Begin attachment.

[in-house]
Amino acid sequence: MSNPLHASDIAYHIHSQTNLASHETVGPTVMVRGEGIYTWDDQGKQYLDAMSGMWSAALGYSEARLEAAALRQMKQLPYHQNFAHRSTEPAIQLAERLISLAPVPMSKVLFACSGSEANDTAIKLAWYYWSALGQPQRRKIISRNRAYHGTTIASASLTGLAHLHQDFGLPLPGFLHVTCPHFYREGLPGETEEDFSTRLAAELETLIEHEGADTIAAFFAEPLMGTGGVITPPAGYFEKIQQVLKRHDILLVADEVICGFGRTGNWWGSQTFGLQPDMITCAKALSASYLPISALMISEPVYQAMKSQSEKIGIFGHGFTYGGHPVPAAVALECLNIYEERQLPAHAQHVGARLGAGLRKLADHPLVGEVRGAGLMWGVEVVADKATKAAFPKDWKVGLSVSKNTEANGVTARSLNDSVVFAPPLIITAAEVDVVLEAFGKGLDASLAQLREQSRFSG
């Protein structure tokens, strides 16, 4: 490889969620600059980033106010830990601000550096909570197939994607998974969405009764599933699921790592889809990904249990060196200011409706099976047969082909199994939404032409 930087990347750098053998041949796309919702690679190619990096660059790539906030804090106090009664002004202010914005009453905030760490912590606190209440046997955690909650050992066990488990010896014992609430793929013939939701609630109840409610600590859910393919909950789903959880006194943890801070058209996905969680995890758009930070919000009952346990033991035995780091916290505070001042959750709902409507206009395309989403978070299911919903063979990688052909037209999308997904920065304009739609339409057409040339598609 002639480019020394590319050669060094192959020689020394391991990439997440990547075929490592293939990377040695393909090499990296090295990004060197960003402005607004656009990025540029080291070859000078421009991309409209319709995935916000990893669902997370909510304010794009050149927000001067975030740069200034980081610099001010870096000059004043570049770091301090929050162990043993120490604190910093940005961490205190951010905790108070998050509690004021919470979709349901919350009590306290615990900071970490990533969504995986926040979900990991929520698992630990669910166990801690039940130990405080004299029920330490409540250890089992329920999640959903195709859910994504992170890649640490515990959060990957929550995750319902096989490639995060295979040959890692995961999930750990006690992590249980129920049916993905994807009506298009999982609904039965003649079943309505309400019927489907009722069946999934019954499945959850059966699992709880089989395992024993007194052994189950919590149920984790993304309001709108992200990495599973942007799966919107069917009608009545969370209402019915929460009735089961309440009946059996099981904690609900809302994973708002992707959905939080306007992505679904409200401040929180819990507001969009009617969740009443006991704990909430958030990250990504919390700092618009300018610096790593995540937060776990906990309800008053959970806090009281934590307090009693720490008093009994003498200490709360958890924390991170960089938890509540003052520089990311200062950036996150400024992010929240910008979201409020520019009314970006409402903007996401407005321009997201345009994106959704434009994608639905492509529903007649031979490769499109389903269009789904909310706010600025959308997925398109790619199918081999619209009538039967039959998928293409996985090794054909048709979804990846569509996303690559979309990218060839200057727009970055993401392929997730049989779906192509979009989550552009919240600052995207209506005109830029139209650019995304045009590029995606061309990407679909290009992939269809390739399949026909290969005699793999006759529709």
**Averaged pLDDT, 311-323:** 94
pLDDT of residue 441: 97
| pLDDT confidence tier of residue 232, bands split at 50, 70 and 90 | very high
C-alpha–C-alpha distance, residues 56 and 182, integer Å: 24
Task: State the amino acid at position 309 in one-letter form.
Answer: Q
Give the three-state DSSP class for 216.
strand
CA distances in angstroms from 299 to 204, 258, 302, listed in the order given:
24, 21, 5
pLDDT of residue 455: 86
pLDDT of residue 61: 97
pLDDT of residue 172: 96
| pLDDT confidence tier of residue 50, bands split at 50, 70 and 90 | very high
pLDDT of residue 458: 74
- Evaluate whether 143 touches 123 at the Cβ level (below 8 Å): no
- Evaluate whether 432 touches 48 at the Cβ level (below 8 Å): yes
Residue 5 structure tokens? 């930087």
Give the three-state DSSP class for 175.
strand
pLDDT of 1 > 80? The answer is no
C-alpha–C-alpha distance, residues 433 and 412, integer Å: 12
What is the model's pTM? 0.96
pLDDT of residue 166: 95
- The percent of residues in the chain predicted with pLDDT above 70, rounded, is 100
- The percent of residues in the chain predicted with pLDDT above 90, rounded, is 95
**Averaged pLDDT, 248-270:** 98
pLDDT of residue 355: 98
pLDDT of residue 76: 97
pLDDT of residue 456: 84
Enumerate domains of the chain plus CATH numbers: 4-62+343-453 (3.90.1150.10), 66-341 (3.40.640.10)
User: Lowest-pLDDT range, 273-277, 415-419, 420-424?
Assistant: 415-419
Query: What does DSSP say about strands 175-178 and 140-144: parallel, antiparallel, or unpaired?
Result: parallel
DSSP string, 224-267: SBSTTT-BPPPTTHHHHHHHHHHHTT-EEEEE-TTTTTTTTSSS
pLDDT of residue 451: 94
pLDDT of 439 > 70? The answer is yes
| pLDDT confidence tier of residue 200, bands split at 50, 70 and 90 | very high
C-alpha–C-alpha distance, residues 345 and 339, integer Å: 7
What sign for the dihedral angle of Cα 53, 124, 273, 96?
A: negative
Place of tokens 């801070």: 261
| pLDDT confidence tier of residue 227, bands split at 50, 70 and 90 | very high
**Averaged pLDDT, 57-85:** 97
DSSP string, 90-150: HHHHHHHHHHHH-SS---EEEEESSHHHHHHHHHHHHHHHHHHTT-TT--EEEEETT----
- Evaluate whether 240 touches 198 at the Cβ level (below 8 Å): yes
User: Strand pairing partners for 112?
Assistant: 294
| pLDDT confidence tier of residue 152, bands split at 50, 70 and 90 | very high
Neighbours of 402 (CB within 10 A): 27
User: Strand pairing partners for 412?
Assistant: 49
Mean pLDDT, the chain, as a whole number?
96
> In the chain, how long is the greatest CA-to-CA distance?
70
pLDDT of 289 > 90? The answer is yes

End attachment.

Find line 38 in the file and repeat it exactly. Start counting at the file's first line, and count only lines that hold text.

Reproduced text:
Result: parallel